As of the date of the most recent snapshot, 30 of the 372 constituents of IBB were also among the 49 constituents of ARKG. Two of them are European – Crispr Therapeutics AG (CRSP), based in Switzerland, and Atai Life Sciences NV (ATAI), based in Germany. Also, 26 of them have undeclared PE ratios, including Atai. Overall, 43 of ARKG’s constituents have undeclared PE ratios.

The massive preponderance of unreported PE ratios in both ETFs is an indicator of the overvaluation of the biotech sector. Overvaluation influences volatility which, in the emerging economic environment, makes a continuation of the downward trend more likely than the reverse. For the first quarter of this year, Morningstar’s star rating system gave ARKG a 1-star rating over a 3-year horizon and a 2-star rating over a 5-year horizon. IBB does a little better (but not much): 2 stars on both horizons as well as on the 10-year horizon.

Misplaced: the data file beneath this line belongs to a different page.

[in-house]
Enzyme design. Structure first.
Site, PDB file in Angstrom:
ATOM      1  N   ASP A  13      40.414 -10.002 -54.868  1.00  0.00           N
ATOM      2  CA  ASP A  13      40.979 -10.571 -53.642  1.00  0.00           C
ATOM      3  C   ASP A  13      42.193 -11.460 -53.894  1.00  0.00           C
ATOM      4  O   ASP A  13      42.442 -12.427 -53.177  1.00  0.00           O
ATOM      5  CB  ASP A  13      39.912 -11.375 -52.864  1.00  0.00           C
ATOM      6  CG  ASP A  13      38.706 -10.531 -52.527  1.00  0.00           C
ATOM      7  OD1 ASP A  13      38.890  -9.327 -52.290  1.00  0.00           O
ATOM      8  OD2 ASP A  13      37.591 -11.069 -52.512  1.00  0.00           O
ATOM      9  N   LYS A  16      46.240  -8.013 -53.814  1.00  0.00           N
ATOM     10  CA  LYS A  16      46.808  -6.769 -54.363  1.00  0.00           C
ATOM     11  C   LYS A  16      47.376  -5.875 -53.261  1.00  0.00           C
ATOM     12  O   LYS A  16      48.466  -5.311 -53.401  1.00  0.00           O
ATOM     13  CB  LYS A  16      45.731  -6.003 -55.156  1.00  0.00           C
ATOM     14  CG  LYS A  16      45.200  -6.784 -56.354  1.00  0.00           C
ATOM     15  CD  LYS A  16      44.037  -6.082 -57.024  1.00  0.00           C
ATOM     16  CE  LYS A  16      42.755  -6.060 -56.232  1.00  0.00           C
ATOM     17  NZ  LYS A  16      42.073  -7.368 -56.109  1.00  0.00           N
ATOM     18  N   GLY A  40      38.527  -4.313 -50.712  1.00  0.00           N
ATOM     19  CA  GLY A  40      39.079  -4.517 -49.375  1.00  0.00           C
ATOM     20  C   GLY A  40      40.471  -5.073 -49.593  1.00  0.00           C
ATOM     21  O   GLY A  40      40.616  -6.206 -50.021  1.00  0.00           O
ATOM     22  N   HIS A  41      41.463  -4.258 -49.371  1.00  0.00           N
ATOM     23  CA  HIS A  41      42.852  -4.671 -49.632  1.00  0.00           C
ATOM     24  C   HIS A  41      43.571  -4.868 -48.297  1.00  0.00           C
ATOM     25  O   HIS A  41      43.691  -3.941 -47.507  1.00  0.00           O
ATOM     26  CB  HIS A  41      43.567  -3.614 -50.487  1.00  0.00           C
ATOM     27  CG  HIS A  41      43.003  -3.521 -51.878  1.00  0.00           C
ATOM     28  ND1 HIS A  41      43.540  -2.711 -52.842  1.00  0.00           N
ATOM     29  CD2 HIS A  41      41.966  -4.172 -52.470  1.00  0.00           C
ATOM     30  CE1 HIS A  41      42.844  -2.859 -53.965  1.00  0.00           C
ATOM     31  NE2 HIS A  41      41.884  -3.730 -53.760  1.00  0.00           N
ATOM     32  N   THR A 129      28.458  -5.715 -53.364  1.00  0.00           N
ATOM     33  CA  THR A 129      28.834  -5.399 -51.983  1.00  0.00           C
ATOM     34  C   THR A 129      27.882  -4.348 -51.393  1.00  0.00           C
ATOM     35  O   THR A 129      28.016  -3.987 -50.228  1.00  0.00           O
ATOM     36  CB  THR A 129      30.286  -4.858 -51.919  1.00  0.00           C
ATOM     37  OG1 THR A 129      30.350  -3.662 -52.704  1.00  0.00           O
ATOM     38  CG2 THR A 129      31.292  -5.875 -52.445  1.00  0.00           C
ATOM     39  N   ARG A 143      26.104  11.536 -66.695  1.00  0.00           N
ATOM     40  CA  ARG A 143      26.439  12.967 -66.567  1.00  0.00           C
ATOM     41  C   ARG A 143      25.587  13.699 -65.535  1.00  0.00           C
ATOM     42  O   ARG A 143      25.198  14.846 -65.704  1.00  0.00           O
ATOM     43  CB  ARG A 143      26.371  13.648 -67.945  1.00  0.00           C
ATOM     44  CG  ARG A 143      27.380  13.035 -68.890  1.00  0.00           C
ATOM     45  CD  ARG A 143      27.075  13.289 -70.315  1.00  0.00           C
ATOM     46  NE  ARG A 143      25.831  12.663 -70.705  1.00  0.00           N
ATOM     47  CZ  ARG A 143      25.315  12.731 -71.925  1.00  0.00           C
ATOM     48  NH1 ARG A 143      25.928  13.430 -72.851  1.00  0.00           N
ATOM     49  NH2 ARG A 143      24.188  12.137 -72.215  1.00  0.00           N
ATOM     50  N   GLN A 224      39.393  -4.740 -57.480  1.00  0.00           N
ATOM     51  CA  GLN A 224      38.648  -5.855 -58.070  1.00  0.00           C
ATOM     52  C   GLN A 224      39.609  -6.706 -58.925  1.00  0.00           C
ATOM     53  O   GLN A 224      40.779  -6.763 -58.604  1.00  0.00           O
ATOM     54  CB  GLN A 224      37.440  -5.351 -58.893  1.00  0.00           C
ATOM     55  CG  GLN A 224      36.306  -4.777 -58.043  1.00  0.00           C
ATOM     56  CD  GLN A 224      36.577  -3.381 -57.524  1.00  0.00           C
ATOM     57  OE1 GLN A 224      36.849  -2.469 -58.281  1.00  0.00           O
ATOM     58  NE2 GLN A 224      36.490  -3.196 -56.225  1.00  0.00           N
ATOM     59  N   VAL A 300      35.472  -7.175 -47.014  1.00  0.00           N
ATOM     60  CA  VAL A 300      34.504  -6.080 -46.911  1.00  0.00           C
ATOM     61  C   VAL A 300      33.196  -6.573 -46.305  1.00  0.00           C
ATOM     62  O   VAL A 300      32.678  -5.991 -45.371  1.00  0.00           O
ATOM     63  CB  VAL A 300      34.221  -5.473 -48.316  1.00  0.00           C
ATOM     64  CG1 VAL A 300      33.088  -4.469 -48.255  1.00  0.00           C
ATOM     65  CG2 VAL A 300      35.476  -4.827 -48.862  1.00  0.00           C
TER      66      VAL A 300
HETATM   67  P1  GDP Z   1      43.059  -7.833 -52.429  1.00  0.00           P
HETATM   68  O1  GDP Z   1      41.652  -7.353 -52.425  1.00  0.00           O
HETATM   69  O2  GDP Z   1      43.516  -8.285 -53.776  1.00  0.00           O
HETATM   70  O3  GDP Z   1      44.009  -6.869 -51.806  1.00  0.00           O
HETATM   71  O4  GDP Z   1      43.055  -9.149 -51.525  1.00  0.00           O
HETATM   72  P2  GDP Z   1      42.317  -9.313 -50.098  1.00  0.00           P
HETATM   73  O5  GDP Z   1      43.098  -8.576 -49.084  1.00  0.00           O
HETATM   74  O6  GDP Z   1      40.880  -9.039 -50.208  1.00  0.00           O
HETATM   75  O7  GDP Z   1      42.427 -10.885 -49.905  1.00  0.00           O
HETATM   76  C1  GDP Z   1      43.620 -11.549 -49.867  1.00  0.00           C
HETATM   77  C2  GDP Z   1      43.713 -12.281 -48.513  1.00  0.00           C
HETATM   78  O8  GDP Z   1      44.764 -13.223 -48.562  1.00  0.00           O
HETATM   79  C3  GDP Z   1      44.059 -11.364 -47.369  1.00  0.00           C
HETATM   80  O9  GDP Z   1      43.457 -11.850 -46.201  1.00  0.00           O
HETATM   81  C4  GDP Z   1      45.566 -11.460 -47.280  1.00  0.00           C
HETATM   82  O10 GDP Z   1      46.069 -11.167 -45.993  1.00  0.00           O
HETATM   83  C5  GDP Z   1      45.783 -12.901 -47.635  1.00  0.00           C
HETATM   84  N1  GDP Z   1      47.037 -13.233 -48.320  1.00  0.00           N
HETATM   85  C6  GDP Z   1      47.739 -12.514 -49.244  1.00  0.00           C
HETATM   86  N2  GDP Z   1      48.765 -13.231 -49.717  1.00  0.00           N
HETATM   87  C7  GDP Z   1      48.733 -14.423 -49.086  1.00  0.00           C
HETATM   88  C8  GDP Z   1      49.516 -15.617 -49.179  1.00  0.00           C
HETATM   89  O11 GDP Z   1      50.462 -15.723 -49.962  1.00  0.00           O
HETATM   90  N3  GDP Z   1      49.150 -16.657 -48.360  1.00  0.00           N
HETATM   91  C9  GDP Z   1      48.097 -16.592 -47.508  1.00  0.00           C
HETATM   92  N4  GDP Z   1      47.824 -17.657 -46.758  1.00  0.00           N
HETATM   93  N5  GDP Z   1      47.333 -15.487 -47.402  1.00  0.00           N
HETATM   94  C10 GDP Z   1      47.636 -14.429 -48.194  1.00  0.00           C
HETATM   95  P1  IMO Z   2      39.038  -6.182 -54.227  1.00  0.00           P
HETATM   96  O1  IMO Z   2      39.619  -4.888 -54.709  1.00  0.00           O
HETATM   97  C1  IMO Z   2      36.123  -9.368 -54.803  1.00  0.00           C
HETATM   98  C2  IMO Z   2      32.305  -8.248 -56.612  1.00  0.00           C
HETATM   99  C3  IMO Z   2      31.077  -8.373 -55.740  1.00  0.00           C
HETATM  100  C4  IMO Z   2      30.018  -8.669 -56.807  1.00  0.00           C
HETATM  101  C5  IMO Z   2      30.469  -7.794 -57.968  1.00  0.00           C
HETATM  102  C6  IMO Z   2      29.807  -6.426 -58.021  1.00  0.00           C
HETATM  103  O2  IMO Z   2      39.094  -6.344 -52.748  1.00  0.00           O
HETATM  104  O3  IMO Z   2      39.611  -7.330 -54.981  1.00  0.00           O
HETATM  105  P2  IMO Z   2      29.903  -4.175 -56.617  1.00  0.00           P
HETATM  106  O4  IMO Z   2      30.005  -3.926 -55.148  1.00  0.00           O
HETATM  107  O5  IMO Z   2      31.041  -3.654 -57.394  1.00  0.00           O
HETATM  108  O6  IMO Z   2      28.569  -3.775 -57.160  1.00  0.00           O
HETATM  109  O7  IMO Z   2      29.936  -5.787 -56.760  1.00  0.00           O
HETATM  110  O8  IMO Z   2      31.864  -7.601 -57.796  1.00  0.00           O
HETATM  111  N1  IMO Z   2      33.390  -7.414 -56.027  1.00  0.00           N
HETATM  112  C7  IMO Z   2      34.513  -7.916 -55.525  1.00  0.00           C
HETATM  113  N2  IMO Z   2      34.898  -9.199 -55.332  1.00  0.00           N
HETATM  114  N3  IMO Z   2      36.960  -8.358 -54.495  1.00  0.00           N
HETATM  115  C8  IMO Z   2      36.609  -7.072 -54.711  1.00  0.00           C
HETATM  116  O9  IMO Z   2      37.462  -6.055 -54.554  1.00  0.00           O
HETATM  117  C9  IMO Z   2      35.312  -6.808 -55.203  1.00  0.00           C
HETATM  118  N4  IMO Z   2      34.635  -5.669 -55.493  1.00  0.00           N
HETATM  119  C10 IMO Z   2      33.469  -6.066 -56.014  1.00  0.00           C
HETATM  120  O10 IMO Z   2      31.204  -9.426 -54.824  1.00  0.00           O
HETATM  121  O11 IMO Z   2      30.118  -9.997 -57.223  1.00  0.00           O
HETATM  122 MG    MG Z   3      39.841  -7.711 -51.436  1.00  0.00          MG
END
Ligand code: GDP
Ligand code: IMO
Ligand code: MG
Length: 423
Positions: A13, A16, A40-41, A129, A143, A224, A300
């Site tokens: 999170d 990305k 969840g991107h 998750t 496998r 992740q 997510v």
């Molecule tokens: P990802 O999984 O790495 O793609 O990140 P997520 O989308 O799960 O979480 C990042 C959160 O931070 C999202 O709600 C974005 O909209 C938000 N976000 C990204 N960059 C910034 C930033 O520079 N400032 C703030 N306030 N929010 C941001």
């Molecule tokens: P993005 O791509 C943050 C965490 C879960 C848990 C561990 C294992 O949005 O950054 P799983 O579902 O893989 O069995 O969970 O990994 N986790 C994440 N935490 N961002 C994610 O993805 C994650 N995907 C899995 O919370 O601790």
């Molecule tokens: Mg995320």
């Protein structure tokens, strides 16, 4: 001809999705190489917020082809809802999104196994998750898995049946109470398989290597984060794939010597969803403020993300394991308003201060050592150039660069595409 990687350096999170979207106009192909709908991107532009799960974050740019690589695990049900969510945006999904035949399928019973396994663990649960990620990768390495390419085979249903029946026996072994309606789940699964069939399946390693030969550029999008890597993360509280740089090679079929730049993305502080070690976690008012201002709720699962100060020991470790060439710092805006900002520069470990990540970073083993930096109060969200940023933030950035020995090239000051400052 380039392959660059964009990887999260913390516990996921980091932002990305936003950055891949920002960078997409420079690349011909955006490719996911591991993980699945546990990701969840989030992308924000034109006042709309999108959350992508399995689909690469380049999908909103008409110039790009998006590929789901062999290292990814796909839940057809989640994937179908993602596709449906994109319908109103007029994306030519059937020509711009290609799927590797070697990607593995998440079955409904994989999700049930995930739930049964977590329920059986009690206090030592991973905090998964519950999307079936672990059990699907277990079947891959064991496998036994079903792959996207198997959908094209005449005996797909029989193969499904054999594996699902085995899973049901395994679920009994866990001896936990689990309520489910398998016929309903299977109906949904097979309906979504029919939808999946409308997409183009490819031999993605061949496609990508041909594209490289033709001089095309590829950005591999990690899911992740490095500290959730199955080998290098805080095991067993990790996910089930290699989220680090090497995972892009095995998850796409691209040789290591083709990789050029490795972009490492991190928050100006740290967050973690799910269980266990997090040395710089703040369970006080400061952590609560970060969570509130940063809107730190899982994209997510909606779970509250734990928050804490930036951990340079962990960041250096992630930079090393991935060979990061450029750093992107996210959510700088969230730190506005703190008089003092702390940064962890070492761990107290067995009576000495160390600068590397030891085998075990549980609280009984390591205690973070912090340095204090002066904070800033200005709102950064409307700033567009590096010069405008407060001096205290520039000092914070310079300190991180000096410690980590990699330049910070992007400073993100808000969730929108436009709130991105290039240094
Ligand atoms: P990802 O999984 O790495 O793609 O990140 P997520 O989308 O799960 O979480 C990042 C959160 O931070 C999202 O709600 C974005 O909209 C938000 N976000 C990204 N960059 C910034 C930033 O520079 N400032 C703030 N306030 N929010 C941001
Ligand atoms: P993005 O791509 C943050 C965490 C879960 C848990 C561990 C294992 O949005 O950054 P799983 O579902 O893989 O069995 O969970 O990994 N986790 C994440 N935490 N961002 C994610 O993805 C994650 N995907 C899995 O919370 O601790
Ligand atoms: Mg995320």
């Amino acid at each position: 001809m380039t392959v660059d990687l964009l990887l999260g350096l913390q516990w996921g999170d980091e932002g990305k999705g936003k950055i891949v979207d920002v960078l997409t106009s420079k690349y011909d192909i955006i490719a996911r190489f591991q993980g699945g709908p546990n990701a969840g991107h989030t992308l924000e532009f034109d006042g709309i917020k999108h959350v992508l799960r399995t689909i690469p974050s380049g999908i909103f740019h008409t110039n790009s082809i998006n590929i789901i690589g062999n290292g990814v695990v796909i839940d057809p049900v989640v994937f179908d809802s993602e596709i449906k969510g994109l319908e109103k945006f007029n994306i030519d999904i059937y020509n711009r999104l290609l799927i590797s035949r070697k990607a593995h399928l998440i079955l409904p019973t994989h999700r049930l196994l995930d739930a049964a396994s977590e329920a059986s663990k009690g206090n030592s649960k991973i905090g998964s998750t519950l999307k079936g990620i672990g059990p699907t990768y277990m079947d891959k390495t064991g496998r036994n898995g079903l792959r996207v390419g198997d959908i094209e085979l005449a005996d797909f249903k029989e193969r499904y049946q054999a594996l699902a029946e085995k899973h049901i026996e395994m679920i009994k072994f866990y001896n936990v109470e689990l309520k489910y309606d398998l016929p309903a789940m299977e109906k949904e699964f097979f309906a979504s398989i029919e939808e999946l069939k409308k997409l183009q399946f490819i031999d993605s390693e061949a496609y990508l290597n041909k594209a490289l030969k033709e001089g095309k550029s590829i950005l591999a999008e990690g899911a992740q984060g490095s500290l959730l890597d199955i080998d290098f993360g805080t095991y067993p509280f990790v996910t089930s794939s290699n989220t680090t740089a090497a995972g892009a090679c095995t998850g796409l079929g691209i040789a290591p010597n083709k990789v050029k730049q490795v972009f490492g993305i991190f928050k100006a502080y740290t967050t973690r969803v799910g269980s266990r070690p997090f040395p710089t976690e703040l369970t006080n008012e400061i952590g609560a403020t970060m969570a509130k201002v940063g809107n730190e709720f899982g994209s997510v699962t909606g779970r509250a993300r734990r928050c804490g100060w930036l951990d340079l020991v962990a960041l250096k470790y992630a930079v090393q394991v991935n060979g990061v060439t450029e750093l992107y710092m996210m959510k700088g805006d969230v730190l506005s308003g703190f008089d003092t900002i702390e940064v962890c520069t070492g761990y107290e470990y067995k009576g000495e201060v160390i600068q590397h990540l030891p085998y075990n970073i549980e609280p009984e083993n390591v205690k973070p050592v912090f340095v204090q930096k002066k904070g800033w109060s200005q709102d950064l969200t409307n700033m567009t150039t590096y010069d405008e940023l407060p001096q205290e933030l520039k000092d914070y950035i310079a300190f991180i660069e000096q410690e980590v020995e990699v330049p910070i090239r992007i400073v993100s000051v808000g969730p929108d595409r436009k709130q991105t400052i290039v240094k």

Assessing Investor Sentiment: Price Trends vs. Assets Under Management

Let us now assess investor sentiment via the trajectories of assets under management between each “instantaneous” date. May 2019 would be the “zero line”, i.e. relative to itself, the net change in AUM and price is zero.

Price movements vs AUM: IBB, ARKG, PBE, BBH

Created by Sandeep G. Rao using data from Bloomberg

Until 2022 began to approach, ARKG’s AUM “deltas” were above those seen in prices, suggesting strong capital inflows. This was generally not the case with the other 3 ETFs – the “delta” pattern only indicates modest increases in capital inflows (the more concentrated BBH being the better attractor).

Since the dawn of 2022, ARKG “deltas” suggest a disproportionately larger output compared to the downturn. IBB and PBE are showing a slight exit while the nearly identical “deltas” of BBH in AUM and price on the most recent date suggest investors are holding.